Factor: A source of variance in the response. A categorical factor is measured in categorical levels, whereas a covariate factor is measured on a scale of continuous (or sometimes ordinal) variation. A statistical model might be constructed to test the influence of a factor as the sole explanation (Y = A + ε) or as one of many factors variously crossed with each other or nested within each other.


A fixed factor has levels that are fixed by the design and could be repeated without error in another investigation. The factor has a significant effect if sample means differ by considerably more than the background variation, or for a covariate, if the variation of the regression line from horizontal greatly exceeds the variation of data points from the line.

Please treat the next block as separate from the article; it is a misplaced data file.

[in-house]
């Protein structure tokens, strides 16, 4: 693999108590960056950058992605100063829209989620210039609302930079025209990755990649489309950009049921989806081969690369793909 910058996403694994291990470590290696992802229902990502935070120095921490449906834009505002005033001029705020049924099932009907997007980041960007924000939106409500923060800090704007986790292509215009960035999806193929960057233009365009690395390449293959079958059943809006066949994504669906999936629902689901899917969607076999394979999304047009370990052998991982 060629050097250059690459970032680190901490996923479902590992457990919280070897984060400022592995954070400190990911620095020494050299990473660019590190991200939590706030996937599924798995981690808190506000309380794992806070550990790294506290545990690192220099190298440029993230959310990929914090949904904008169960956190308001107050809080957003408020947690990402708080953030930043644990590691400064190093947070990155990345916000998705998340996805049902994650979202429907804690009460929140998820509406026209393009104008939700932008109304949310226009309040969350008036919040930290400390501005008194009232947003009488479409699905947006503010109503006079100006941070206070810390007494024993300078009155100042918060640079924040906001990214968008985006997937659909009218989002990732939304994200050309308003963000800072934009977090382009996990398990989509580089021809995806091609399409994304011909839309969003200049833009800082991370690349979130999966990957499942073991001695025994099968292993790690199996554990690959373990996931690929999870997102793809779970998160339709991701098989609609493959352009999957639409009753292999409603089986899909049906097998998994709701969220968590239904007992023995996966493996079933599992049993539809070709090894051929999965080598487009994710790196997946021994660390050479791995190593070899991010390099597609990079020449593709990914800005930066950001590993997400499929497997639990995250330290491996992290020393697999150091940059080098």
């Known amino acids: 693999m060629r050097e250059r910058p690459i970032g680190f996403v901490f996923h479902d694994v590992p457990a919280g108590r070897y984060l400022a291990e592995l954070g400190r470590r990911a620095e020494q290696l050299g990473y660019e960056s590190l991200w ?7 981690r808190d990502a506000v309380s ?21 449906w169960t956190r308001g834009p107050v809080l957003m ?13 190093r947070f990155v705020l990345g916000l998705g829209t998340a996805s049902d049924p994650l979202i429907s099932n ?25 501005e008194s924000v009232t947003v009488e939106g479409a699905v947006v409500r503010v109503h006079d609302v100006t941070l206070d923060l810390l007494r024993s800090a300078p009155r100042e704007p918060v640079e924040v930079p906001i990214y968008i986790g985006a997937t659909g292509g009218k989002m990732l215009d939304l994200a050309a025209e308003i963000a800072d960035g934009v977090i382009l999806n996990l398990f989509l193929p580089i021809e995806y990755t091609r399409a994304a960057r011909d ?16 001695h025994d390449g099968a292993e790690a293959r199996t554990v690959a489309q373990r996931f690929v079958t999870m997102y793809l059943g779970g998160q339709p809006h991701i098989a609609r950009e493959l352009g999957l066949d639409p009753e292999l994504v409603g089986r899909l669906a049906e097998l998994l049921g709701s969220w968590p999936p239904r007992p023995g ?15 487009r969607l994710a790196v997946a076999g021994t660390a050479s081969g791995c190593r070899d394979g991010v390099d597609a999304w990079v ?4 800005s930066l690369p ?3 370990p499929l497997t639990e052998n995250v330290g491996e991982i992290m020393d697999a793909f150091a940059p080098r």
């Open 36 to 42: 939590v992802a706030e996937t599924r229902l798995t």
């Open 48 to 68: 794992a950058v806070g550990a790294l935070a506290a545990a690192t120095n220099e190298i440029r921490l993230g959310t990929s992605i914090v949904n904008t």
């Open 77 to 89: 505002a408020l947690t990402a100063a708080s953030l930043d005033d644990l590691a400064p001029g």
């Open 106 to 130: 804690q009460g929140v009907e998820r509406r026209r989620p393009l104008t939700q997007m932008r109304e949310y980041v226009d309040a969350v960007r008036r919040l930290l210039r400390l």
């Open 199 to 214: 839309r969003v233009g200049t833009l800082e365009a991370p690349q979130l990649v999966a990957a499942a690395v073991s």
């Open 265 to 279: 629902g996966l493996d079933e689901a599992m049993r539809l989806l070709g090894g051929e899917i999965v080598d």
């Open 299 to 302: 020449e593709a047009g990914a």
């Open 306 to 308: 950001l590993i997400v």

A random factor has levels that sample at random from a defined population. A random factor will be assumed to have a normal distribution of sample means, and homogenous variance of means, if its MS is the error variance for estimating other effects (e.g., in nested designs). The random factor has a significant effect if the variance among its levels is considerably greater than zero.


Doncaster, C. P. & Davey, A. J. H. (2007) Analysis of Variance and Covariance: How to Choose and Construct Models for the Life Sciences. Cambridge: Cambridge University Press.